• Buying low and selling high
    When you use portfolio rebalancing to restore the original asset allocation, you invariably sell high and buy low. This is because you redeem the assets whose values have exceeded the desired allocation — meaning that you sell them high. These proceeds then go to buying other assets that have reduced in value.

A step-by-step guide to portfolio rebalancing

If you are a beginner to investing, portfolio rebalancing may seem like a daunting task. The following stepwise guide can help you get more clarity on how to restore your target allocation to the original levels.

  • Identify your optimal asset allocation
    Depending on your risk tolerance and your expected returns, you need to figure out the asset allocation that is ideal for you. If you are a risk-taker, you may want to allocate more resources to the equity segment. Alternatively, if you prefer to avoid risk, you may require a more conservative asset allocation.
  • Check your portfolio’s current asset mix
    Review your portfolio and assess its current asset allocation. To do this, you simply need to identify the different broad asset classes in your portfolio, note each of their total values and convert them into a ratio. Compare this asset mix with your desired asset allocation to understand how to carry out your portfolio rebalancing.
  • Identify which assets to purchase or redeem
    This is the practical part of portfolio rebalancing, where you need to buy some new assets and sell others. You need to redeem the assets that have exceeded their original asset allocation and invest further in those that have fallen below the preferred target levels. When you do this, you may incur some costs to redeem or buy new assets.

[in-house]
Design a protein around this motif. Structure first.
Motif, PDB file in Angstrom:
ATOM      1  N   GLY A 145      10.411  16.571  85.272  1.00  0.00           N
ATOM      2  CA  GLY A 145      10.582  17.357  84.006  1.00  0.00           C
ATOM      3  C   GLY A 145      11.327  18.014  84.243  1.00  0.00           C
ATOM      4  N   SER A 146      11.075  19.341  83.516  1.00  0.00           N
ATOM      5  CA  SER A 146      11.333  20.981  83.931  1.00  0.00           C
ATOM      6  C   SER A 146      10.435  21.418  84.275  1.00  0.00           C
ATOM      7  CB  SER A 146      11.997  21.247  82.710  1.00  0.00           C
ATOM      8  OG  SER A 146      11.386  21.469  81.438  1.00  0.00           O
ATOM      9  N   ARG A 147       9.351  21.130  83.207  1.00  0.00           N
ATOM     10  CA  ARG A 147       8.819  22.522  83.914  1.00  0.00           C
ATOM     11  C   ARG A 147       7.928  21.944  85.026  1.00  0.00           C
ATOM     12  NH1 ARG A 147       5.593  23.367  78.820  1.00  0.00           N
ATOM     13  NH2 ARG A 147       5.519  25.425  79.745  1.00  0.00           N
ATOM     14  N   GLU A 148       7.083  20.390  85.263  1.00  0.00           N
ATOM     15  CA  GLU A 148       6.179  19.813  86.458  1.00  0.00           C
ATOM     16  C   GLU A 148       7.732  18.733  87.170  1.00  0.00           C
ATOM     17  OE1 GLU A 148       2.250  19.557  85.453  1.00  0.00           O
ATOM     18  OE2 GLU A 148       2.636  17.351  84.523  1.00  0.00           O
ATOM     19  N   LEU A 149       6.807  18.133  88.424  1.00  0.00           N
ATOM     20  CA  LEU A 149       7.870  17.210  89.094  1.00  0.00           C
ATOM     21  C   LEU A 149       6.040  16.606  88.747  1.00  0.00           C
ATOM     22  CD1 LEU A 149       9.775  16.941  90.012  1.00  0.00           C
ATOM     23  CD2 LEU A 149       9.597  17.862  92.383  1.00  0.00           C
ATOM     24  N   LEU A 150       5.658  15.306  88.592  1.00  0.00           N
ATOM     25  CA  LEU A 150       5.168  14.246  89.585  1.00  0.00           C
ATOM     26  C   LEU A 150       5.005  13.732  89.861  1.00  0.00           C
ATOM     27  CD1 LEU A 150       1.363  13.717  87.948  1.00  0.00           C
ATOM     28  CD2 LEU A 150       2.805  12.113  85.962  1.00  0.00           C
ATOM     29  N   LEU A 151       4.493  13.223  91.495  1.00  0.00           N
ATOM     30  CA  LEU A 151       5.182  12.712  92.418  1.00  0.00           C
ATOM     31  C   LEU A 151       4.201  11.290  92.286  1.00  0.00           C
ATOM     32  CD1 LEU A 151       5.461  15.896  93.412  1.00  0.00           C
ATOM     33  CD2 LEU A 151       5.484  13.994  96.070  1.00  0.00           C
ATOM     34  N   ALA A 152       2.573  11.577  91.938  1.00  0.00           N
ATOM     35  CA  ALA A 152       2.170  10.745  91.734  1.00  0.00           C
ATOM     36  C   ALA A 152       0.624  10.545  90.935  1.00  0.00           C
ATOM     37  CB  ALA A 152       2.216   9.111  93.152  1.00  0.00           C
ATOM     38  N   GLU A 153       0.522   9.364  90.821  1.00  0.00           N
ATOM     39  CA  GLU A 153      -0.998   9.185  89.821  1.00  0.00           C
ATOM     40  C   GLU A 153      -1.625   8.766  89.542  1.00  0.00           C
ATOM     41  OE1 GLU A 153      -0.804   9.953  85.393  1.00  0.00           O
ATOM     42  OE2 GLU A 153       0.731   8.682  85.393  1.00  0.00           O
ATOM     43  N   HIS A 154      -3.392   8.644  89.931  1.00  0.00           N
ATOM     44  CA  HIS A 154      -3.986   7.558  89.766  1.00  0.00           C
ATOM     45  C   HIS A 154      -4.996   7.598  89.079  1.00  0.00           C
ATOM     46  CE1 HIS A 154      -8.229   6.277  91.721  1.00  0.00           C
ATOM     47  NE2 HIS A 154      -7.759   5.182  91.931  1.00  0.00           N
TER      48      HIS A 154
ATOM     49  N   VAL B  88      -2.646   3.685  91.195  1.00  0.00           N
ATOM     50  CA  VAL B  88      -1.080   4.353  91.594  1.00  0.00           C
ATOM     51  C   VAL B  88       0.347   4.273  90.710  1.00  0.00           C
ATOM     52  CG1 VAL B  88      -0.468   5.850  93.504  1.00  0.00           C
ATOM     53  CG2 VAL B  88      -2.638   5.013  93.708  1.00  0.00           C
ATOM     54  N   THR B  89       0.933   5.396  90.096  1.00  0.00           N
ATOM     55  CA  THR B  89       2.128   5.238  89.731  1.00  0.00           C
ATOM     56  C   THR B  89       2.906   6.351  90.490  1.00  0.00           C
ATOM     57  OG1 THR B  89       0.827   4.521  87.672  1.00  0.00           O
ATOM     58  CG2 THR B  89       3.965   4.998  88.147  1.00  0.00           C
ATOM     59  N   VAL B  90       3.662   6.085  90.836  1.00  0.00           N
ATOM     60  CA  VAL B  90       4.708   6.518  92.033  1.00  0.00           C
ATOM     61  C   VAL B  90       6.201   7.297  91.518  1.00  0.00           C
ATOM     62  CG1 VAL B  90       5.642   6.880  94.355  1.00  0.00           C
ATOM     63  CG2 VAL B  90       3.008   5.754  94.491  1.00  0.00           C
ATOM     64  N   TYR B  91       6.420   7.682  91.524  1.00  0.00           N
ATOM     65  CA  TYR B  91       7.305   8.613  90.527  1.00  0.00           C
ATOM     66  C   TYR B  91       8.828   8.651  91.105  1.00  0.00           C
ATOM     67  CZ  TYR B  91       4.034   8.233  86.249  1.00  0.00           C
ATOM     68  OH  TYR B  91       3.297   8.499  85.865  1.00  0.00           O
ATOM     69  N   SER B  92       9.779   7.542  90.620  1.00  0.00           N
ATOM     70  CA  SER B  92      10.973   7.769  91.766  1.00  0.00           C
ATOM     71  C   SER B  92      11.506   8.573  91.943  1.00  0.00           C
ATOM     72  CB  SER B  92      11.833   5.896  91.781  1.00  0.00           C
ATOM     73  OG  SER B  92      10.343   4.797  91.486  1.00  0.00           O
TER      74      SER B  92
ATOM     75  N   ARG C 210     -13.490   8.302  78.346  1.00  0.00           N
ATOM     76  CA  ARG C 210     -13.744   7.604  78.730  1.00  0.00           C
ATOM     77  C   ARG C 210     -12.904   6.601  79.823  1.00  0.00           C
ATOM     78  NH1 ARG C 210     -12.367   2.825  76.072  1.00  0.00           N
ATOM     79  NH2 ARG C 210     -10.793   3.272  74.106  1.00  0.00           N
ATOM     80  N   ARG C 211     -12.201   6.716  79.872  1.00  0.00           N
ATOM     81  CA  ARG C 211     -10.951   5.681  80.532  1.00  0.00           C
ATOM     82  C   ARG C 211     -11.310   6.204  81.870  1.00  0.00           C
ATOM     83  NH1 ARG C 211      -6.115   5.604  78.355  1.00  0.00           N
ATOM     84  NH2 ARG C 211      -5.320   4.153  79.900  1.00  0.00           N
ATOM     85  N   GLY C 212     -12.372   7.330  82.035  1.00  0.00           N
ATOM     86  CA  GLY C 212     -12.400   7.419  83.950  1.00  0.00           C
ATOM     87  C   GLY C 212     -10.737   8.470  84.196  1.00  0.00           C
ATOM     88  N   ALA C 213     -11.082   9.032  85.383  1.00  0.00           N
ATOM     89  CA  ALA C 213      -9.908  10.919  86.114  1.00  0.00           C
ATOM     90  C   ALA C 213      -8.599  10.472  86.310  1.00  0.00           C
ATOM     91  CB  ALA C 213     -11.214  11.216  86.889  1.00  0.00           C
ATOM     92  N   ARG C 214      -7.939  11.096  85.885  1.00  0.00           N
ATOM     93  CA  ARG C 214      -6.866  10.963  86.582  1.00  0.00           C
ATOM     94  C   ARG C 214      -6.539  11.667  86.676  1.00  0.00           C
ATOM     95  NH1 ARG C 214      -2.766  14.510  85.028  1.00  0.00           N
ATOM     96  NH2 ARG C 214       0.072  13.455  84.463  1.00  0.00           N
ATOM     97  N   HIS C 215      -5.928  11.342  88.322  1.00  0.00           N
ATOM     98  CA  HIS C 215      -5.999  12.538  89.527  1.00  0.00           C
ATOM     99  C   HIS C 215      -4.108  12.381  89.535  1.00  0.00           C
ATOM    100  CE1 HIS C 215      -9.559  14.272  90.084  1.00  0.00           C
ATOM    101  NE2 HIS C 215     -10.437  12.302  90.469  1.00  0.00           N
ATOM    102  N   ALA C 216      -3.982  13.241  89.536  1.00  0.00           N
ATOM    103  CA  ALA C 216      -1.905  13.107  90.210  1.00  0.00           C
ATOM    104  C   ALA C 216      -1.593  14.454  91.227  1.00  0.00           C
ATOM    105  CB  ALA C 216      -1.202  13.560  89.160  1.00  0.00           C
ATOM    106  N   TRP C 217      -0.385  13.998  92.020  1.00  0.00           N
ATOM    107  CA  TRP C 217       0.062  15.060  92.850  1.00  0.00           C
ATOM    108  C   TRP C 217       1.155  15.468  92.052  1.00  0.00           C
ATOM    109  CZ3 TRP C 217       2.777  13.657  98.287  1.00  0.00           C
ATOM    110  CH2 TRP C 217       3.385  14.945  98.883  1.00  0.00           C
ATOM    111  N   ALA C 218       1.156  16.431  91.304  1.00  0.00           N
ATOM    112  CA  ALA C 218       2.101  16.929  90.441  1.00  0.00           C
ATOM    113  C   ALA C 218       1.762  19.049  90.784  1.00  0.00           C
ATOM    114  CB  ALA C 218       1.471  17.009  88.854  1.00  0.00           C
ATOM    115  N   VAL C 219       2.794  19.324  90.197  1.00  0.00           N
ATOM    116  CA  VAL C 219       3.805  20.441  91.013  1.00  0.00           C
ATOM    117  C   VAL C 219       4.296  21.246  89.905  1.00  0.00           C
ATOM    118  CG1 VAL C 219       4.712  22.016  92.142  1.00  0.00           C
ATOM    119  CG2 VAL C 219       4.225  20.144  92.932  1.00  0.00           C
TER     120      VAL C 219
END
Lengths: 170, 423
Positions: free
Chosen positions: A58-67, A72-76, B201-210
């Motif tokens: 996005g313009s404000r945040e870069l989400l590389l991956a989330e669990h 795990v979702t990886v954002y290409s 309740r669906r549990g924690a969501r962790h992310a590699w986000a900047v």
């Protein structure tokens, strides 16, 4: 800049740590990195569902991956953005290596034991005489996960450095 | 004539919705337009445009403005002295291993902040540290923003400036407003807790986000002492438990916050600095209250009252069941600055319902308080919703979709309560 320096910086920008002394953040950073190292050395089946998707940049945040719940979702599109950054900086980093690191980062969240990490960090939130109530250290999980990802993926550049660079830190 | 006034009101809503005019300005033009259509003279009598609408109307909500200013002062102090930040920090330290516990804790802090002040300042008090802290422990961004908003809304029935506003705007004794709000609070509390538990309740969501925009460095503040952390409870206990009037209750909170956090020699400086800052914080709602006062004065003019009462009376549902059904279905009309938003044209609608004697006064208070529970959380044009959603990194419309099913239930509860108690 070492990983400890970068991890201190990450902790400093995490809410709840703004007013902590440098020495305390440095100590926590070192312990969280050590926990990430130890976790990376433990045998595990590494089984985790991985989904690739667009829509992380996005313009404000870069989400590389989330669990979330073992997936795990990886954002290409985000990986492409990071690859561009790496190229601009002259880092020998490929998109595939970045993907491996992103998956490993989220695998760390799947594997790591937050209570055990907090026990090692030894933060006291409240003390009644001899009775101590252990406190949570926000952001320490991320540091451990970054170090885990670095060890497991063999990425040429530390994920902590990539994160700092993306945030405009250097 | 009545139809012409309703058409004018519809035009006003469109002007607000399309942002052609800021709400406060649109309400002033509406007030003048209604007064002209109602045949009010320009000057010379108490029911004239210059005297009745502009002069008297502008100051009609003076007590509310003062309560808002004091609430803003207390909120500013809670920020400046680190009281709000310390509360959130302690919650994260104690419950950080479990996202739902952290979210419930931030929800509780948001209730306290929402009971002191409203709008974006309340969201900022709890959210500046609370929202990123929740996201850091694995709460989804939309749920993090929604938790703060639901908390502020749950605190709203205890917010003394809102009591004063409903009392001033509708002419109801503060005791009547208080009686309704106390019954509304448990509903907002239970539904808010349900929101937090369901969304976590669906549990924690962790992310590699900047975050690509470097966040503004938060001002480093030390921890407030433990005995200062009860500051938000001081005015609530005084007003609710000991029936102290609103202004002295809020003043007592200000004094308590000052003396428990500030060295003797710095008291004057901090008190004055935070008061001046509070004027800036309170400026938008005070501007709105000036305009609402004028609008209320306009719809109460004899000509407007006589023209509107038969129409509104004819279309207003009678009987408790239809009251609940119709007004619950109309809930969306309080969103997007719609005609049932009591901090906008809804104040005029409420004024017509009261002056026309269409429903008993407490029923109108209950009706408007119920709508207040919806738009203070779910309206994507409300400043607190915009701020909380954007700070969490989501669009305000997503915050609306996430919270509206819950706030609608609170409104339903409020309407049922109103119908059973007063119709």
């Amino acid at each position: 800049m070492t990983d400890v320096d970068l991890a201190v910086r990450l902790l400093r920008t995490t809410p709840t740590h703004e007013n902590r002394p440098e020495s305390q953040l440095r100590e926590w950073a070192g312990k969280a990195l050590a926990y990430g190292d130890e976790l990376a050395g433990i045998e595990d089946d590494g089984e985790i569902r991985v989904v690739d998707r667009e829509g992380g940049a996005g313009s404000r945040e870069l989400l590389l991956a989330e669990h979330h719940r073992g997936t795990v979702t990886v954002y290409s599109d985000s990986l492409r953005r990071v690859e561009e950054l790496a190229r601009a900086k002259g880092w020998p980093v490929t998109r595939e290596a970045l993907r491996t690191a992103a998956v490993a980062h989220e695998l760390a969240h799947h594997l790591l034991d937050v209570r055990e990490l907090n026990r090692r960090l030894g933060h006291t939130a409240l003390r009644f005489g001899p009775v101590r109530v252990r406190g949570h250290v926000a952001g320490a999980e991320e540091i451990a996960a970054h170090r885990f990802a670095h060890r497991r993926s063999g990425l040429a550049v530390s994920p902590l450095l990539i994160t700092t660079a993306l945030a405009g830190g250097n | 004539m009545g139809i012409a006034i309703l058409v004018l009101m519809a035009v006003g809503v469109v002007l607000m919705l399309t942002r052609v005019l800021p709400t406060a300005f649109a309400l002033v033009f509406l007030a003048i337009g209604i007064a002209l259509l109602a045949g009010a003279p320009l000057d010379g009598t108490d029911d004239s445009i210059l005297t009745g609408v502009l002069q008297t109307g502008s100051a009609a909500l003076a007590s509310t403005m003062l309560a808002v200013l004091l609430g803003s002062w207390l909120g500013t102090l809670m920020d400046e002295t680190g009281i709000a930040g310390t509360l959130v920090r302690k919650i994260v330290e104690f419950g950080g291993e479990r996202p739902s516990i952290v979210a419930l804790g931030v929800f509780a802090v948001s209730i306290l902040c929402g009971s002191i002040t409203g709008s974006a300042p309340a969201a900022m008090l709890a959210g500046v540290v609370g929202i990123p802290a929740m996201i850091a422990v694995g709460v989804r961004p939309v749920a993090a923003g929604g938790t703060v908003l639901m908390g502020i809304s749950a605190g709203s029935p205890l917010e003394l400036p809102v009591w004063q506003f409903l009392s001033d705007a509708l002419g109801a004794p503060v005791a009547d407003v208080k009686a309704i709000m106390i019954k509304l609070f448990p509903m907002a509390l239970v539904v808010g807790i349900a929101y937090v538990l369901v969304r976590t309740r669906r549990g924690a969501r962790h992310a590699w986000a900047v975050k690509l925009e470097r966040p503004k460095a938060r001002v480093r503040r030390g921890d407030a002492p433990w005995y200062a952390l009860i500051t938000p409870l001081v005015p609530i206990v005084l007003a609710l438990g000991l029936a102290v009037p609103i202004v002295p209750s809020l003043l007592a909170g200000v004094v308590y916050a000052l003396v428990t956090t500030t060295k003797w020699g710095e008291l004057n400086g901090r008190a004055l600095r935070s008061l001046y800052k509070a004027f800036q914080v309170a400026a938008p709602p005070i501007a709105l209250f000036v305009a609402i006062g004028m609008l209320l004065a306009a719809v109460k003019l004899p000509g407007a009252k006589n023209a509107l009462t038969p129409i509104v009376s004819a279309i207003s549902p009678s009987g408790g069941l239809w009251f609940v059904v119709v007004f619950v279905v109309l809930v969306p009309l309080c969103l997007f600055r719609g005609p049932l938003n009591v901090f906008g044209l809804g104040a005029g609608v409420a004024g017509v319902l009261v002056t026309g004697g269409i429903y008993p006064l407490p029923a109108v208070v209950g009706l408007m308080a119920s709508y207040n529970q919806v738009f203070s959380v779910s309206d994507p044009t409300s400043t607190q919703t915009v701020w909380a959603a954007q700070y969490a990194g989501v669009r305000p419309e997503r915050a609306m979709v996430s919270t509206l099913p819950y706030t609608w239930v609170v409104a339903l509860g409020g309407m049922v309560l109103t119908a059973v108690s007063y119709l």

• Review the impact on your taxes
    When you sell certain assets and securities like stocks or mutual funds, you may incur tax liabilities or earn tax benefits. It is essential to be mindful of these tax regulations so you can pay the taxes due on time and also take advantage of any tax benefits that arise promptly in the relevant assessment year.
  • Monitor your portfolio periodically
    Once the round of portfolio rebalancing is complete, you can simply sit back and track your investments as the market moves through different cycles. When it is time for your periodic review, you can once again begin at step 1 and carry out portfolio rebalancing, if needed. You can choose to rebalance your asset mix on a quarterly, semi-annual or annual basis.